Will Cruise Stocks Sink Your Portfolio in 2018?

Norwegian Cruise Line Holdings Ltd (NASDAQ:NCLH) CEO Frank Del Rio believes Wall Street is acting irrationally in the case of his company’s shares, which have lost 6% this year. Speaking to TheStreet this week, Del Rio noted the concerns about supply growth but said that what’s more important than that growth is how companies similarly grow demand to meet it.

In the case of Norwegian, Del Rio said that bookings for 2019 are even stronger at this point than the bookings for 2018 were at the same point last year, and at a higher price to boot. Del Rio added that during an investor event that day, he challenged those assembled to provide one data point that would combat all of the positive data points he had shared, which was met with silence.

Last month, Wedbush analyst James Hardiman stated that while there is legitimate cause for concern about the industry’s capacity growth, that concern is overblown and shouldn’t affect cruise companies’ guidance in the near-term. He rates Norwegian Cruise Line Holdings Ltd (NASDAQ:NCLH) very highly in particular, given the lower exposure that it has to the Caribbean market, where pricing has been soft.

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Carnival Corp. (NYSE:CCL), the largest of the three cruise giants with a fleet of over 100 ships, which accounts for more than 22% of the cruise ships in operation, also noted strengthening bookings at higher price points heading into 2018 and enjoyed accelerated revenue growth in 2017. Also of note was the company’s strong revenue yield growth of 9.2% in the first-quarter of this year. Investment bank Stifel Nicolaus encouraged investors to buy Carnival on its April weakness, noting that the market was making too much of Caribbean pricing in how they were viewing the broader cruise market as a whole.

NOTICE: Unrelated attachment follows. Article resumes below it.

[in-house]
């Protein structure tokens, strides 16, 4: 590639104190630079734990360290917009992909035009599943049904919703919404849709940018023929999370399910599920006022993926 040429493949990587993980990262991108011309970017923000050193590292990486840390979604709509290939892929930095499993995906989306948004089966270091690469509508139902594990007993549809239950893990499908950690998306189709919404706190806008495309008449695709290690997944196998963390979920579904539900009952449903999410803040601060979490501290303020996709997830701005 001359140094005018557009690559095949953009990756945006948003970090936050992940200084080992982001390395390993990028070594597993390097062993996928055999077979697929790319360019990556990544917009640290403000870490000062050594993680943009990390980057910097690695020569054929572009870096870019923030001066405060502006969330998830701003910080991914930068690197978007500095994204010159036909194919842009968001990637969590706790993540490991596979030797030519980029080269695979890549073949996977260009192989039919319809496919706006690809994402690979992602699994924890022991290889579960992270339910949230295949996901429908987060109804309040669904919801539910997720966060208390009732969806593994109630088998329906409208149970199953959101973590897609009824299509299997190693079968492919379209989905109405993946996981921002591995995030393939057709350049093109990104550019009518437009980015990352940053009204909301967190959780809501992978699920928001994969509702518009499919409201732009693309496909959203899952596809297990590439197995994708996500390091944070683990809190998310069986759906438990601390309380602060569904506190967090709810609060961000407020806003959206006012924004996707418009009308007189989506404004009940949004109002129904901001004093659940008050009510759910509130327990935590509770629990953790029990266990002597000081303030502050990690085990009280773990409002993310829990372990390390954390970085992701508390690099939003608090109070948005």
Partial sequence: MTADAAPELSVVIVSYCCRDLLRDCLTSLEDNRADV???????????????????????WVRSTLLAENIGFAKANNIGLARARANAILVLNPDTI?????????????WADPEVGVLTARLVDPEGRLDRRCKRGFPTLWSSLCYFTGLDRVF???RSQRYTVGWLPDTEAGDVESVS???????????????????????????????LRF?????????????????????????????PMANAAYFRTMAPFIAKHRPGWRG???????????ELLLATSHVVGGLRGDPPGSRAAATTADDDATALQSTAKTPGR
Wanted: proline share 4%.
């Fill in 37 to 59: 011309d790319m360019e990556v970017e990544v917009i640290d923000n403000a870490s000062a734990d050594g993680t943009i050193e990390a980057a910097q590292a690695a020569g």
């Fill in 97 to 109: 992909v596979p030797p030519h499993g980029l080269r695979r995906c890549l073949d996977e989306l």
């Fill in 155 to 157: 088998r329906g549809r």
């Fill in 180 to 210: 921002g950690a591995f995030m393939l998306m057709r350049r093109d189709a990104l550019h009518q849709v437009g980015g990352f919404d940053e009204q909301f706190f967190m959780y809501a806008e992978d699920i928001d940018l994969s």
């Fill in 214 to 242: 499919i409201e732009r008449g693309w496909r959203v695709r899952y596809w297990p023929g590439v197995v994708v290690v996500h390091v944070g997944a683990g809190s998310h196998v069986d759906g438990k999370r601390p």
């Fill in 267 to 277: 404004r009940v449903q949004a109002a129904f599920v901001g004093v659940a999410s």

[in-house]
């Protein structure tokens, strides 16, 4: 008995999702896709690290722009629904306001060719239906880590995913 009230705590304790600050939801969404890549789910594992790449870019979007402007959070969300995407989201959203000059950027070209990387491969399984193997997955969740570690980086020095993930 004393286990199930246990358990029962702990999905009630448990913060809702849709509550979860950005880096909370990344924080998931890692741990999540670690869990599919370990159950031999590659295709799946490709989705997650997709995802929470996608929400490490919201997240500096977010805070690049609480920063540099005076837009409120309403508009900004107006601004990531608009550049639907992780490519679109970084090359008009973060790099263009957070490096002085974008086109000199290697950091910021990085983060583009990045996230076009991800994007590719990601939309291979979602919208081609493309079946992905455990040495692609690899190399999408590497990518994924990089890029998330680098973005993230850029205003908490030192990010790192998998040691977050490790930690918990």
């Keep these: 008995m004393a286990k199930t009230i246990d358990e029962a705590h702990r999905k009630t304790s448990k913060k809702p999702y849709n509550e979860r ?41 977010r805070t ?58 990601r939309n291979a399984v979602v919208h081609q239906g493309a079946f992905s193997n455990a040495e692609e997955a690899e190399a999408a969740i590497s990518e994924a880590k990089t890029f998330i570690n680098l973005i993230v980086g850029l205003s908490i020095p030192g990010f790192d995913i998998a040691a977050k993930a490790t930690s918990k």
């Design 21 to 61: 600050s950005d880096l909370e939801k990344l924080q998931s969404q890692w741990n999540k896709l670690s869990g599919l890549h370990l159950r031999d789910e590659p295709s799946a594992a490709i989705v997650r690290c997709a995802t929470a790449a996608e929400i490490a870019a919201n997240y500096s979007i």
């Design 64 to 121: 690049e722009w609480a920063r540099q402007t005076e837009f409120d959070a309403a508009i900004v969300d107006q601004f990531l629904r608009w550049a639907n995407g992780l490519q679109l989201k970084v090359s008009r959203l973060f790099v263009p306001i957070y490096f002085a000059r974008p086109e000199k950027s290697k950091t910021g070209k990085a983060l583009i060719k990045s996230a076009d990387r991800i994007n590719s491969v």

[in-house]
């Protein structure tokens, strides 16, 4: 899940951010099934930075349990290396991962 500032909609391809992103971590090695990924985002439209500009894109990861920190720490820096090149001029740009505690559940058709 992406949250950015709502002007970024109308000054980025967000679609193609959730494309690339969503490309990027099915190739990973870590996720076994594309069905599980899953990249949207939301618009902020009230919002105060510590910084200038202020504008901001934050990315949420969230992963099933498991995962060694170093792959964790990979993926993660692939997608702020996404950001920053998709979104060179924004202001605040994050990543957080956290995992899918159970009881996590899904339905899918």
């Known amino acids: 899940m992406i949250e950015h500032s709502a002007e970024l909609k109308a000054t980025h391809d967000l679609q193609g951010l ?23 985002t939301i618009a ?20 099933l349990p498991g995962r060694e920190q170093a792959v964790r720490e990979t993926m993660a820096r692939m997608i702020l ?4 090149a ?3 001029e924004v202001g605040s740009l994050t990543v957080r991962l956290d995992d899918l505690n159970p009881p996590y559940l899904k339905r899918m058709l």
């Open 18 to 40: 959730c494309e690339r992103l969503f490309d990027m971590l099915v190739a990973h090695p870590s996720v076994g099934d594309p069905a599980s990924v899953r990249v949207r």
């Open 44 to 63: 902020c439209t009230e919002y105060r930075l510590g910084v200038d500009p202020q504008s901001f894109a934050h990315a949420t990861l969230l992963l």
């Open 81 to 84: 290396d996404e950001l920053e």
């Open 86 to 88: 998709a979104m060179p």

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Royal Caribbean Cruises Ltd (NYSE:RCL) enjoyed the biggest gains in 2017 among cruise operators and has suffered the hardest fall in 2018. Nonetheless, its bookings are at record levels, and at higher rates than last year, and the company raised its fiscal 2018 earnings guidance alongside its solid first-quarter results.

While capacity is growing, there are few signs that the industry won’t be able to bear it in the near-term, with those fears appearing to be more smoke than fire. On the other hand, rising fuel costs will have an impact on the profitability of Royal Caribbean Cruises Ltd (NYSE:RCL) and other cruise operators, despite the hedges they have in place, though further pullbacks in May have already priced the impact of rising fuel into the stocks.

Given their recent weakness, cruise stocks offer some decent upside potential, while packed bookings for months in advance will limit the threat of any nasty surprises. While these investment waters do have a few sharks hidden beneath the surface, they’re unlikely to sink any portfolios in 2018.

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